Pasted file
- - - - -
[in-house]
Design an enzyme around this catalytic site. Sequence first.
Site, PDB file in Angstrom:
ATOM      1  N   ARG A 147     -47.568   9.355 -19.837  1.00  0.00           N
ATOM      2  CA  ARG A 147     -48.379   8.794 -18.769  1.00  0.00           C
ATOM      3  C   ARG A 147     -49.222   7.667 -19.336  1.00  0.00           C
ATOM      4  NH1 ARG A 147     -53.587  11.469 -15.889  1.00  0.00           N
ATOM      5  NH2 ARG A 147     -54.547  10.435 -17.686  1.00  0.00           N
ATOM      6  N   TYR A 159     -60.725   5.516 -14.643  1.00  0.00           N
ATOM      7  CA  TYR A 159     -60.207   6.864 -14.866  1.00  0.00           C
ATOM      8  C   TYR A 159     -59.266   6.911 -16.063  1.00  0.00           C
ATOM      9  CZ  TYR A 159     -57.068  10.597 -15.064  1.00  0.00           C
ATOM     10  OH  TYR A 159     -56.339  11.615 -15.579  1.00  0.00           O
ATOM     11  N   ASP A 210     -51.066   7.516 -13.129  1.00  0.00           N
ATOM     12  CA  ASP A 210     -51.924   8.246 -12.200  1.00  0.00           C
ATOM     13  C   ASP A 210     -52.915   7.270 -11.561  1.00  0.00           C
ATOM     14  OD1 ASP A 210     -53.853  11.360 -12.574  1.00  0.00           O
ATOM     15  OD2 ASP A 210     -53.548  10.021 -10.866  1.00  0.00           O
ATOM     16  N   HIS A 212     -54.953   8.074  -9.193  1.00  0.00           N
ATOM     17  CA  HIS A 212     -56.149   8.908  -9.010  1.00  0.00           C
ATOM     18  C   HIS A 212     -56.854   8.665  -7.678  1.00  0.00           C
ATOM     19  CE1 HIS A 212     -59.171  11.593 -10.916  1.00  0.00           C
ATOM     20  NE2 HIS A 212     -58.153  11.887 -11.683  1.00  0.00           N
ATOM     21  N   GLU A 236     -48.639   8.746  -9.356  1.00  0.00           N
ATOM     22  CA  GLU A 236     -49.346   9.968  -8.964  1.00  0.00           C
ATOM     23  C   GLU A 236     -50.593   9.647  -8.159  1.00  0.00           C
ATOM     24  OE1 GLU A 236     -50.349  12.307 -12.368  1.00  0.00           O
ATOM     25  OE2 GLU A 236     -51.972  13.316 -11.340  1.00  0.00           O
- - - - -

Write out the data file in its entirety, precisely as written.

[in-house]
Design an enzyme around this catalytic site. Sequence first.
Site, PDB file in Angstrom:
ATOM      1  N   ARG A 147     -47.568   9.355 -19.837  1.00  0.00           N
ATOM      2  CA  ARG A 147     -48.379   8.794 -18.769  1.00  0.00           C
ATOM      3  C   ARG A 147     -49.222   7.667 -19.336  1.00  0.00           C
ATOM      4  NH1 ARG A 147     -53.587  11.469 -15.889  1.00  0.00           N
ATOM      5  NH2 ARG A 147     -54.547  10.435 -17.686  1.00  0.00           N
ATOM      6  N   TYR A 159     -60.725   5.516 -14.643  1.00  0.00           N
ATOM      7  CA  TYR A 159     -60.207   6.864 -14.866  1.00  0.00           C
ATOM      8  C   TYR A 159     -59.266   6.911 -16.063  1.00  0.00           C
ATOM      9  CZ  TYR A 159     -57.068  10.597 -15.064  1.00  0.00           C
ATOM     10  OH  TYR A 159     -56.339  11.615 -15.579  1.00  0.00           O
ATOM     11  N   ASP A 210     -51.066   7.516 -13.129  1.00  0.00           N
ATOM     12  CA  ASP A 210     -51.924   8.246 -12.200  1.00  0.00           C
ATOM     13  C   ASP A 210     -52.915   7.270 -11.561  1.00  0.00           C
ATOM     14  OD1 ASP A 210     -53.853  11.360 -12.574  1.00  0.00           O
ATOM     15  OD2 ASP A 210     -53.548  10.021 -10.866  1.00  0.00           O
ATOM     16  N   HIS A 212     -54.953   8.074  -9.193  1.00  0.00           N
ATOM     17  CA  HIS A 212     -56.149   8.908  -9.010  1.00  0.00           C
ATOM     18  C   HIS A 212     -56.854   8.665  -7.678  1.00  0.00           C
ATOM     19  CE1 HIS A 212     -59.171  11.593 -10.916  1.00  0.00           C
ATOM     20  NE2 HIS A 212     -58.153  11.887 -11.683  1.00  0.00           N
ATOM     21  N   GLU A 236     -48.639   8.746  -9.356  1.00  0.00           N
ATOM     22  CA  GLU A 236     -49.346   9.968  -8.964  1.00  0.00           C
ATOM     23  C   GLU A 236     -50.593   9.647  -8.159  1.00  0.00           C
ATOM     24  OE1 GLU A 236     -50.349  12.307 -12.368  1.00  0.00           O
ATOM     25  OE2 GLU A 236     -51.972  13.316 -11.340  1.00  0.00           O